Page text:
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Review of “My Blueberry Nights”
The Festival de Cannes’ best director award winner in 1997 for “Happy Together” and president of the Competition jury in 2006, Wong Kar Wai returns to the Croisette to open the 2007 festival Wednesday with his first English-language film, “My Blueberry Nights.” Starring Jude Law and singer Norah Jones in her first big-screen role, “Nights” took Wong — who has long worked from his home base in Hong Kong — nearly all the way across America, from New York to Tennessee to Nevada. Busy editing the film, Wong pulled away over several days to catch up with The Reporter.
The Hollywood Reporter: What drew you to the “Blueberry Nights” story in the first place?
Wong Kar Wai: After spending five years on “2046,” I felt like doing something entirely different. I also wanted to make a film about distance and see how I would work in a new environment. It was a personal challenge and also an excuse to see the real America.
THR: Music has been a powerful part of the feel of films of yours like “Happy Together,” and now you’re working with a famous singer as an actress. What music features in “Blueberry Nights”? Will any of Norah Jones’ or her father’s (sitar legend Ravi Shankar) music be on the soundtrack?
Wong: I’m not using any of Norah’s music in the film. We both agreed that we want the audience to see her as Norah Jones, the actress. Music plays a large role in the film, but I don’t want to spoil it for you.
THR: Do you fall in love with your leading ladies? What about Jones’ finished acting onscreen is different from your expectations?
Wong: I love all my actors. There would be no reason to work with them otherwise. Norah truly defied my expectations. She is a very natural actress with great emotional instincts.
THR: What are your feelings on Cannes? Do you look forward to returning? What’s your favorite place in the city? A bar? A theater? A restaurant?
Wong: Cannes is always an interesting experience for me. Last year I was the jury president, and two years before that I was rushing to the festival with the print of “2046.” Fortunately, this year, the opening-night slot guarantees I will be there early. Either that or the organizers are just taking an incredible leap of faith. I have a favorite Chinese restaurant in the area. Do I really have to give you the name?
THR: What does the title of the film refer to?
Wong: The meaning is actually quite literal.
THR: Now that it’s done, how do you rate this film in relation to your previous work? What about in relation to other recent films, both from Hong Kong and elsewhere?
Wong: Personally, I like it very much. I consider it a sort of homage to the American cinema and literature that influenced my decision to become a filmmaker. It’s very different from “Spider-Man 3.”
THR: Did your basic directing process change much in helming your first wholly English-language film?
Wong: It was definitely interesting and a concern at first since I was working with a different language and in a new landscape. But I fortunately discovered that certain emotions transcend words.
THR: What’s your next film? Will you work with Jones again?
Wong: I have a few projects in development, but it’ll be awhile before I make any final decisions. I’d love to work with Norah again. I’m curious to see the road she takes as an actress.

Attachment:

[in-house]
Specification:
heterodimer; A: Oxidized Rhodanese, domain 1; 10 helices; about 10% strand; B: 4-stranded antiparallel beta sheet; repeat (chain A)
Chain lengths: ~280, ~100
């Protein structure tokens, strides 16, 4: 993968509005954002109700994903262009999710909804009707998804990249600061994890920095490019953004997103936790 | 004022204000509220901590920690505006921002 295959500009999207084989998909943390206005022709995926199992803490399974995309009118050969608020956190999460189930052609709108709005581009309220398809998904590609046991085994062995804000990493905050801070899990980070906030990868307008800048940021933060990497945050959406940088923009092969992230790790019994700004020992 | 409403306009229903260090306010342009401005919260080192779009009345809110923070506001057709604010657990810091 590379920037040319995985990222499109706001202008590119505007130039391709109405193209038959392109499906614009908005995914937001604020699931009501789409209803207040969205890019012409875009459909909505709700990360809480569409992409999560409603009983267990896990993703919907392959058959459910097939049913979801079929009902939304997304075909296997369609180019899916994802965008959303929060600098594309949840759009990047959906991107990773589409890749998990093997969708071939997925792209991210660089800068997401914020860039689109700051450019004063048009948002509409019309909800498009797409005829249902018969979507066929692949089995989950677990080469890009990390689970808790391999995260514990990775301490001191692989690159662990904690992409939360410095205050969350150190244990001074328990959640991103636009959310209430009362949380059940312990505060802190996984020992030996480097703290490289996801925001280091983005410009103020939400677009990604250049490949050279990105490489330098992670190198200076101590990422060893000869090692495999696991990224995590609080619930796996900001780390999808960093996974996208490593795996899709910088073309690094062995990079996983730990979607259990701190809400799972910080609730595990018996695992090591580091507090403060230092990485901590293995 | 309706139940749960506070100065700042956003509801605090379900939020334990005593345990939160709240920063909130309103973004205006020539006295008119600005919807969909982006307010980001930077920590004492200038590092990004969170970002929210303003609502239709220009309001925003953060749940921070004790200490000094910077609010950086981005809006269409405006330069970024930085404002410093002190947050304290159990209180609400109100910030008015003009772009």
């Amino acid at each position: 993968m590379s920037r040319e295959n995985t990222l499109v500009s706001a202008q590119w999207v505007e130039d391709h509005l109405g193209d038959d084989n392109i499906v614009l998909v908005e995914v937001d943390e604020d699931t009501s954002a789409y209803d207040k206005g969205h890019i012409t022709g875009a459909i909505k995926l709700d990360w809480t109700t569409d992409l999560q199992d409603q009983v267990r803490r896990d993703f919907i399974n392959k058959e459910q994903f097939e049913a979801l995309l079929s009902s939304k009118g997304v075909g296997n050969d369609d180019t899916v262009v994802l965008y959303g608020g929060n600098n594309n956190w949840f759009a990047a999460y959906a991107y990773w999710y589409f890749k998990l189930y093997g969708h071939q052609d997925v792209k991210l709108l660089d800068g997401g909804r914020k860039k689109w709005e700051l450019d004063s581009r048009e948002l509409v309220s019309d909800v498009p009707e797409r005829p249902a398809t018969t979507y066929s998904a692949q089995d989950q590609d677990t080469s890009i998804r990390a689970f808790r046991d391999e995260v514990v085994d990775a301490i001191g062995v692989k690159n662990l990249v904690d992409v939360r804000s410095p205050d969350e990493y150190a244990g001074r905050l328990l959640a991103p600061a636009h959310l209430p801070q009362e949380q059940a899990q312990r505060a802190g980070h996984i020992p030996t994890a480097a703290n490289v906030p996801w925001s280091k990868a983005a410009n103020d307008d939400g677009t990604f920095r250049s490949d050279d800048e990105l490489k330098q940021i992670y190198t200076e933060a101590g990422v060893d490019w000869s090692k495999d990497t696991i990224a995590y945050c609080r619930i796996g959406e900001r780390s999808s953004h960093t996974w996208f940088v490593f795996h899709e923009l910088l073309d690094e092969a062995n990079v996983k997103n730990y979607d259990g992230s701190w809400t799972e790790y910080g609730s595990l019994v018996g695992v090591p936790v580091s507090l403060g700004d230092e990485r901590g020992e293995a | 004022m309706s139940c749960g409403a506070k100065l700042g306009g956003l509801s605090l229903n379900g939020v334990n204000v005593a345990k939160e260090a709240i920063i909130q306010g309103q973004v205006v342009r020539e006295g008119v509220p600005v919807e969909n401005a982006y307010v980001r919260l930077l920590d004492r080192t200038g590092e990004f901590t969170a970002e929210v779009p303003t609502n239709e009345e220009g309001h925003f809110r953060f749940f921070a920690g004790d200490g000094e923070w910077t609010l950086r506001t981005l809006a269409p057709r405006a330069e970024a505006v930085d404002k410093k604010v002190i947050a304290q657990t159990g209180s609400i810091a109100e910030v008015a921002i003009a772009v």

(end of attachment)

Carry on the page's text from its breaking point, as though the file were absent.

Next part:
THR: Compare for us working with your longtime cinematographer Chris Doyle to working with Darius Khondji. How did Khondji change your working style?
Wong: Chris used to be a sailor, so he’s a very rough-and-tumble “man’s man.” Darius, on the other hand, is more of a European gentleman. We drank a lot of tea together during the shoot. It was a nice change of pace. If the right project came along and the timing is right, I would love to do something with Chris again.
THR: Why is the Weinstein Co. the right company to sell “Nights” in the U.S.? How are they going to do it, and do you care to have much say in that side of the business?
Wong: Harvey Weinstein had released my earlier film “Chungking Express” under their Rolling Thunder banner with Quentin Tarantino. They did a brilliant job marketing it and introducing me to American moviegoers. I’m sure they will do another amazing job with the new one.
THR: It was reported that Jude Law steals a kiss from Jones in a scene that took many takes, and that you were considering adding a second such kiss. Did you and did it make the final cut?
Wong: (laughs) You have done your homework. The answer to your question may still happen. I’m still in the editing room.
THR: Please describe working with Law while pretending that nobody will read what you say. Quick, first words that come to mind, please.
Wong: Talented and sophisticated. He was my first choice, and I couldn’t have imagined anyone else in his role.
THR: Could you ever live in Memphis? What’s your favorite Tennessee Williams work and why?
Wong: I could live in Memphis. The summer there is very similar to Hong Kong. “A Streetcar Named Desire” is my favorite. I don’t think masterpieces require an explanation.
Nationality: Chinese (born in Shanghai, moved to Hong Kong at age 5); born: July 17, 1958
Selected filmography: “As Tears Go By” (1988), “Days of Being Wild” (1990), “Ashes of Time” (1994), “Chungking Express” (1994), “Fallen Angels” (1995), “Happy Together” (1997), “In the Mood for Love” (2000), “2046” (2004), “Eros” (Segment: “The Hand”) (2004), “To Each His Cinema” (Segment: “I Traveled 9000 km to Give It to You”) (2007)
Notable awards: Cesar Awards best foreign film, “In the Mood for Love” (2001); German Film Awards best foreign film, “In the Mood for Love” (2001); Festival de Cannes best director, “Happy Together” (1997); Hong Kong Film Awards best director, “Chungking Express” (1994)
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